President Ashraf Ghani will have to carry them with him while formulating policies. Whenever he has acted on his own, he failed to receive their support. It happened when in 2014 he tried to sign a memorandum of understanding for intelligence sharing with Pakistan. Even now, when he has thrown his weight to embrace India as a close friend, he is facing problems within the ruling elite.
The favorite Afghan narrative these days in Kabul is that Pakistan has created a void, which India filled as a sincere friend by providing weapons, military training, economic assistance, etc. Hence, relations with Islamabad determined Afghanistan’s approach towards India, not the other way around, as claimed by Pakistan.
The fact is that, of late Afghanistan has not been able to balance its relations with its neighboring countries. Pitted against rising Taliban and ISIS elements, the Afghan Government increasingly finds itself battered and helpless in curbing territorial gains by insurgents. In panic, it grabs any hand extended to it without thinking too much about the underlying intention and dangers associated with this kneejerk policy.
In the recent past, when Afghanistan indulged in Pakistan bashing and initiated firing at borders, which even threatened Pakistan’s security and national interests, it was ignored. In 2011, when Afghanistan signed a Strategic Partnership Agreement (SPA) with India, their partnership was not taken as a hostile act. Pakistan accepted that Afghanistan, being a sovereign state, could choose its friends or enemies.
Now that the Indian Prime Minister is hell bent to isolate Pakistan globally and has publicly admitted to the support for separatists in Baluchistan, the expanded friendship between India and Afghanistan in the face of aggressively offensive rebukes from Kabul is not acceptable. Hence, in a way the argument in “A deadly triangle: Afghanistan, Pakistan, and India (Washington: Brookings Institution)” that ‘hostility between India and Pakistan lies at the heart of the current war in Afghanistan’ is proving correct.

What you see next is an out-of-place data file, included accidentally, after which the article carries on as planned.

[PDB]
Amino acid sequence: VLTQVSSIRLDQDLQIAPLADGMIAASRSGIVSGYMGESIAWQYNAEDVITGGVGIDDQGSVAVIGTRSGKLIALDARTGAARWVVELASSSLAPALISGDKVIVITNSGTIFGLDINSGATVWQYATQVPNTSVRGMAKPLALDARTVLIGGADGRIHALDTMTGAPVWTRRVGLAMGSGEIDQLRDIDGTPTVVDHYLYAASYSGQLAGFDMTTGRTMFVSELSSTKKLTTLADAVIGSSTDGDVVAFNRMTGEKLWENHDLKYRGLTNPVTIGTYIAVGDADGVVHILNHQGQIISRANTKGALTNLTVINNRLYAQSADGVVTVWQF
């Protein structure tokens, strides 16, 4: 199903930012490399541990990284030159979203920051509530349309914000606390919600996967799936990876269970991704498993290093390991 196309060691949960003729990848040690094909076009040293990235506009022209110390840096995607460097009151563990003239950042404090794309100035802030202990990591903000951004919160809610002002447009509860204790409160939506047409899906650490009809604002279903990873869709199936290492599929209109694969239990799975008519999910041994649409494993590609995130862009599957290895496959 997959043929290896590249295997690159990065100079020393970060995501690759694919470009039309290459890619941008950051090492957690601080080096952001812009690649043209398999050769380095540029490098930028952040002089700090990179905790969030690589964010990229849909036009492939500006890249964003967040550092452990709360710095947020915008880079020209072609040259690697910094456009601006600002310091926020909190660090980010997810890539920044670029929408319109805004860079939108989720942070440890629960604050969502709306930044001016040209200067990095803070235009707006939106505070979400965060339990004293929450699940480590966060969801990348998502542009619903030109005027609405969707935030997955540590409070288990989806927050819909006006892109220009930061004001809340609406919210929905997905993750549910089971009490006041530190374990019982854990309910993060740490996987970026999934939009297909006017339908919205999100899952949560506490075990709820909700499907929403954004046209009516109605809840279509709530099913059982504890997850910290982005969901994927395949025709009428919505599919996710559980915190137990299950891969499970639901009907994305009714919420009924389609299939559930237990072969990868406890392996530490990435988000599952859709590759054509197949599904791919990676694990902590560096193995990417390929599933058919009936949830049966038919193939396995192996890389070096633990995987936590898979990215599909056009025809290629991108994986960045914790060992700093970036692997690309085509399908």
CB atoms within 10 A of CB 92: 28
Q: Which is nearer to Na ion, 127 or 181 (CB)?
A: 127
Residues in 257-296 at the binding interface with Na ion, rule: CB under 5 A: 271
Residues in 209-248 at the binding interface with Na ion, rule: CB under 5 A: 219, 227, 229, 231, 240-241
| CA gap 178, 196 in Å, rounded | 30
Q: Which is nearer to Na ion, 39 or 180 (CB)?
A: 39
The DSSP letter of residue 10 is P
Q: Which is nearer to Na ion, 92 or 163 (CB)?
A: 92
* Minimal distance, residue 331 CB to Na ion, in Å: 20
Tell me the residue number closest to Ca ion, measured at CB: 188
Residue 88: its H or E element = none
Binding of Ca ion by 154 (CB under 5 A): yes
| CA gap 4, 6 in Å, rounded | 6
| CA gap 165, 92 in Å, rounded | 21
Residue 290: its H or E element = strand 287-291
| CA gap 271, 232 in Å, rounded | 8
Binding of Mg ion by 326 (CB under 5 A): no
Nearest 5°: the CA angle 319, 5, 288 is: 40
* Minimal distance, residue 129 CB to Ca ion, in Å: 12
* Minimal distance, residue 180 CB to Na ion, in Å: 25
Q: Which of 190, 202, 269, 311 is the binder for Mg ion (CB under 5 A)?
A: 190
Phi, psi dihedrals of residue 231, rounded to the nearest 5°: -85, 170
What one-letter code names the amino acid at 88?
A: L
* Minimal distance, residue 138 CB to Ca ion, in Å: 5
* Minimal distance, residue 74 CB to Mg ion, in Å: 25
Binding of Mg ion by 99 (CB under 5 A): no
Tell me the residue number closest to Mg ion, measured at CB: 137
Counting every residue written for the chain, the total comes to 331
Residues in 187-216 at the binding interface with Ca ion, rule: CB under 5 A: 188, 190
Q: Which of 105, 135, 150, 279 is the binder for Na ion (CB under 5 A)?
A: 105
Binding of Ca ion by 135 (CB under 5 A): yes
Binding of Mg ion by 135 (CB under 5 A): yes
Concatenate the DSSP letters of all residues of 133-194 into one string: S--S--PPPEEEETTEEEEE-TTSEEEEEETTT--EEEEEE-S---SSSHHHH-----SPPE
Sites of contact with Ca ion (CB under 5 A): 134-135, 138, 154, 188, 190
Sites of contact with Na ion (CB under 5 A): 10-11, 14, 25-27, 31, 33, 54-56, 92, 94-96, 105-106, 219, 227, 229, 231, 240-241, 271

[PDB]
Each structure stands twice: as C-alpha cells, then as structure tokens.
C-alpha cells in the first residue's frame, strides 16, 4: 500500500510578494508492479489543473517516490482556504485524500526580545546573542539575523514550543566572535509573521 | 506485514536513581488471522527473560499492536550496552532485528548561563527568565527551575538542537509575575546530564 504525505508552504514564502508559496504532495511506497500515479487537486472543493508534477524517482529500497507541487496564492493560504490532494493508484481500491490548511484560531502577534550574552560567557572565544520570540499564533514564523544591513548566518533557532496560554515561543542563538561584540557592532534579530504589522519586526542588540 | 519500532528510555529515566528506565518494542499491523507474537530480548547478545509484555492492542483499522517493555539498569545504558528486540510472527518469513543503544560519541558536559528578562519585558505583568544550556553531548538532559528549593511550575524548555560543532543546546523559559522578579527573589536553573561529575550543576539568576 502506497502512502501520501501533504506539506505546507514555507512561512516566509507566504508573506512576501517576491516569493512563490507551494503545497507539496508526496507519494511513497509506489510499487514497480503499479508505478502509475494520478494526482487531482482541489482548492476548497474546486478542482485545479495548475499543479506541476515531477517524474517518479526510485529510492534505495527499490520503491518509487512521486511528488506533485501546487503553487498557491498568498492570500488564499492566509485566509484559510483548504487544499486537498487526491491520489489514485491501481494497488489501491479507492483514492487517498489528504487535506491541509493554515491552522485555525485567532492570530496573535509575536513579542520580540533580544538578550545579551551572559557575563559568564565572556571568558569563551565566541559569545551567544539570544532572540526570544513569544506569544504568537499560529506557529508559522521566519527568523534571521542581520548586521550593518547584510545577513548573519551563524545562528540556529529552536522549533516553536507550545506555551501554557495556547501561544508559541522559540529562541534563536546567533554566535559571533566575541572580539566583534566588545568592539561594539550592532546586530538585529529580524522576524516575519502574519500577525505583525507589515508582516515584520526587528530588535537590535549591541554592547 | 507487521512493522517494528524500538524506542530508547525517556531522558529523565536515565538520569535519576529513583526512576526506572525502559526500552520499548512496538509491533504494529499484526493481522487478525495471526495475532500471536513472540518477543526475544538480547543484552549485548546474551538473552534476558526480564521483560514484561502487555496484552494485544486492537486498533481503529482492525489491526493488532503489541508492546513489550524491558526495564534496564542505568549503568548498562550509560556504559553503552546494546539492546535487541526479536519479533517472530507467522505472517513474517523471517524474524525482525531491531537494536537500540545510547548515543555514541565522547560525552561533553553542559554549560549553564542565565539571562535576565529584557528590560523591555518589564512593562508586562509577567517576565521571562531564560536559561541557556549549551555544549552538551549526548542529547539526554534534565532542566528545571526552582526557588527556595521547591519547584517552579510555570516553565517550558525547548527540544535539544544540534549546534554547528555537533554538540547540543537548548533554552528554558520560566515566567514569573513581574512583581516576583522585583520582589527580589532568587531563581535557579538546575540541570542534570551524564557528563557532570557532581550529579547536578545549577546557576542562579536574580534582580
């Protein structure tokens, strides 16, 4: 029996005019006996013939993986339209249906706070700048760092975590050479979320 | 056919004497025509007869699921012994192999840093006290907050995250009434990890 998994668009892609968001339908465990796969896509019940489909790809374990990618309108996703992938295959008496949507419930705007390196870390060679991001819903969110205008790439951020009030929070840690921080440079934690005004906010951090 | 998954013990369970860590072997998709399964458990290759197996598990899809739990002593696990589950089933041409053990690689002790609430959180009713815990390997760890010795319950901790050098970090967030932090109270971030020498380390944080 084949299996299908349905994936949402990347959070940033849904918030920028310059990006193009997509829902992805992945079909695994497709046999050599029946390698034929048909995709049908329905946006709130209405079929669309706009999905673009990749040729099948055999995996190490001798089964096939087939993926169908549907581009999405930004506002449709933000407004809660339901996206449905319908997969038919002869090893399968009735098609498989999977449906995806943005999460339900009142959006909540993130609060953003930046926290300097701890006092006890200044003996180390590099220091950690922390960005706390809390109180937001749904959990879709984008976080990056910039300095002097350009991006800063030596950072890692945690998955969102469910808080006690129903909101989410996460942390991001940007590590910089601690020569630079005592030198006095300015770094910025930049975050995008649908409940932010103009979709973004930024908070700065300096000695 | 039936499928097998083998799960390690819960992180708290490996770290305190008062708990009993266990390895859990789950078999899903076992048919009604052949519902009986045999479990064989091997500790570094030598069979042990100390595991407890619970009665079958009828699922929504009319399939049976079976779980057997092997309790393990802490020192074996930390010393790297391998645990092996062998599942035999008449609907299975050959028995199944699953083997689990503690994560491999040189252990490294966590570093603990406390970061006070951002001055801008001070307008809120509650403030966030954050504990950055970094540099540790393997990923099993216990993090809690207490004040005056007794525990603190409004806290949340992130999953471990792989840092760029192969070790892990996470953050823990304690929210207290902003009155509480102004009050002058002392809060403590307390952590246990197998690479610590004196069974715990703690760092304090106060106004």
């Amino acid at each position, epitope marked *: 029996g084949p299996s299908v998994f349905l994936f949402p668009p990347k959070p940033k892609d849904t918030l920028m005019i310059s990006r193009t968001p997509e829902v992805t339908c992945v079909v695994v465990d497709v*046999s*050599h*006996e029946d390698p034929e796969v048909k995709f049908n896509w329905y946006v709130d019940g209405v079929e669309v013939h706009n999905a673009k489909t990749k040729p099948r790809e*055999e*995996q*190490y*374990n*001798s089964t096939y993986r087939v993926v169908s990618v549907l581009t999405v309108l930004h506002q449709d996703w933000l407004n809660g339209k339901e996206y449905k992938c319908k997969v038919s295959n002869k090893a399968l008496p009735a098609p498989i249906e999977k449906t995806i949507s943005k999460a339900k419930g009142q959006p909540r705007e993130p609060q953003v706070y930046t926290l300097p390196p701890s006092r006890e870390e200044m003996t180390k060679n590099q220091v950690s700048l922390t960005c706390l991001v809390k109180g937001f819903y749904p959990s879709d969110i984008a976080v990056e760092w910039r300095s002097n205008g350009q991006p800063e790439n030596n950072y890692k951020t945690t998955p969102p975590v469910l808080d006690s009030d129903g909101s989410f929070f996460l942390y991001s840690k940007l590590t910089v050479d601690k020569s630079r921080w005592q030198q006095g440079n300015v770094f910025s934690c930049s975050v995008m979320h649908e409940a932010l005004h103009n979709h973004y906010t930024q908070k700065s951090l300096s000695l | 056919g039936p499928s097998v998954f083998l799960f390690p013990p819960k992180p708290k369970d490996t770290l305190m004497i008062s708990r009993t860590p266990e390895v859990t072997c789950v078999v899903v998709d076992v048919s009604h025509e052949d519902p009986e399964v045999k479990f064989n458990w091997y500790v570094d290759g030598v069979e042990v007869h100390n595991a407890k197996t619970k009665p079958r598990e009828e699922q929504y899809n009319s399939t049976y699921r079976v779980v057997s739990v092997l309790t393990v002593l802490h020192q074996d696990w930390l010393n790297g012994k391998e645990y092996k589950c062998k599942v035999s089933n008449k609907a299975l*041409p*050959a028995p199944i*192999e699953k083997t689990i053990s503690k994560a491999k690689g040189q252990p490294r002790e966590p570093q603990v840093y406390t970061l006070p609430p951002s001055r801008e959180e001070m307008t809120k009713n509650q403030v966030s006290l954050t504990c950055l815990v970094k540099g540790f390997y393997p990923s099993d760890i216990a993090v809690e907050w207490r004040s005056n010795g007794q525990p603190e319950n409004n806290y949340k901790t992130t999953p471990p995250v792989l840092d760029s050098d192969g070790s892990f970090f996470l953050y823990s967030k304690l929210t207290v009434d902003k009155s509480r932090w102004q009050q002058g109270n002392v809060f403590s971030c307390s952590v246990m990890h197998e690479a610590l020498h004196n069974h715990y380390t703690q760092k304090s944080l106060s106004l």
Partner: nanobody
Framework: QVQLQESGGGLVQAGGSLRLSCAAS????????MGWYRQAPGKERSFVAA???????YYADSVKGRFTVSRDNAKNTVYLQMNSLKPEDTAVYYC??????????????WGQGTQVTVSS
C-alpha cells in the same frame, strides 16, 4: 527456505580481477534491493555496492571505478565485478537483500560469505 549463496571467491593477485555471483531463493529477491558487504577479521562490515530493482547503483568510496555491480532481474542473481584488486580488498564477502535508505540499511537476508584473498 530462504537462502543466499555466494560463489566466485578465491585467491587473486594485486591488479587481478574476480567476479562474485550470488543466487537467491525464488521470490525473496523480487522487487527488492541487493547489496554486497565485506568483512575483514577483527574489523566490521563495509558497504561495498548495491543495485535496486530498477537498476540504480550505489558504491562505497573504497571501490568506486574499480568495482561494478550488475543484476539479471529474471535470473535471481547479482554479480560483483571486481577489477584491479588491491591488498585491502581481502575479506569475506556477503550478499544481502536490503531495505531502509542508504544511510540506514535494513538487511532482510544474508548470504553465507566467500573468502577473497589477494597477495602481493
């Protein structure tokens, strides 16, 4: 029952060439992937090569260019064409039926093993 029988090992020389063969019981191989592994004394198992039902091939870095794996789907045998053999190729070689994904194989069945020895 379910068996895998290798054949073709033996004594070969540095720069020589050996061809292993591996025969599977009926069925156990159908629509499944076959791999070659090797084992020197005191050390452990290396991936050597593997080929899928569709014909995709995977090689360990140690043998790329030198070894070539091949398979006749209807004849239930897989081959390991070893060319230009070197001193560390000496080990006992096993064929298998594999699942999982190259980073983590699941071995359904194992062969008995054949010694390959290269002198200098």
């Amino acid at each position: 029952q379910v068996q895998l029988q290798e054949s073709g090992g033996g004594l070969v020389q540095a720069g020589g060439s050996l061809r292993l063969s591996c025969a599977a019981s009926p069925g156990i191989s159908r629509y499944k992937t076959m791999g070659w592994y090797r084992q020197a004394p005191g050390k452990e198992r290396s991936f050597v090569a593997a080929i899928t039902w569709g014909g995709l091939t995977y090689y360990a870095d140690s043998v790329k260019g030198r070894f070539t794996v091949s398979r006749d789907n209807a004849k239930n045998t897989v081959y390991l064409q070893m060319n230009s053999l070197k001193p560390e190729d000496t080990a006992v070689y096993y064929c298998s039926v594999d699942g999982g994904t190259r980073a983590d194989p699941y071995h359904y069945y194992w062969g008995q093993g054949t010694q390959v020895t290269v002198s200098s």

Apart from many other things, India is stoking the settled issue of Durand Line. Oddly and insolently it insists on recognition of McMahon Line – similar demarcation between India and China – while on the Durand Line issue it prompts Afghanistan to raise territorial claims on Pakistani territory.
How has India deepened its influence in Pashtun areas? India pursued primarily diplomatic and security relations with the central government. In addition, apart from some large infrastructural projects, it focused on small developmental projects in Pashtun-dominated areas. Indians knew that more often large projects are symbolic and short in public utility. On the contrary, development fruits of smaller projects trickle down to grassroots level. India, thus, reaped a rich pro-India harvest in public perception in Pashtun areas.
The Indian strategy was largely discussed in political and security sense by Islamabad which failed to realign and evolve its own economic response. Thus, Pakistan inadvertently gave political space to India to build its image. However, the situation is still redeemable. Despite is highly positive image, India so far has not been able to assume more than a smart negotiation card for Afghanistan to deal with Pakistan.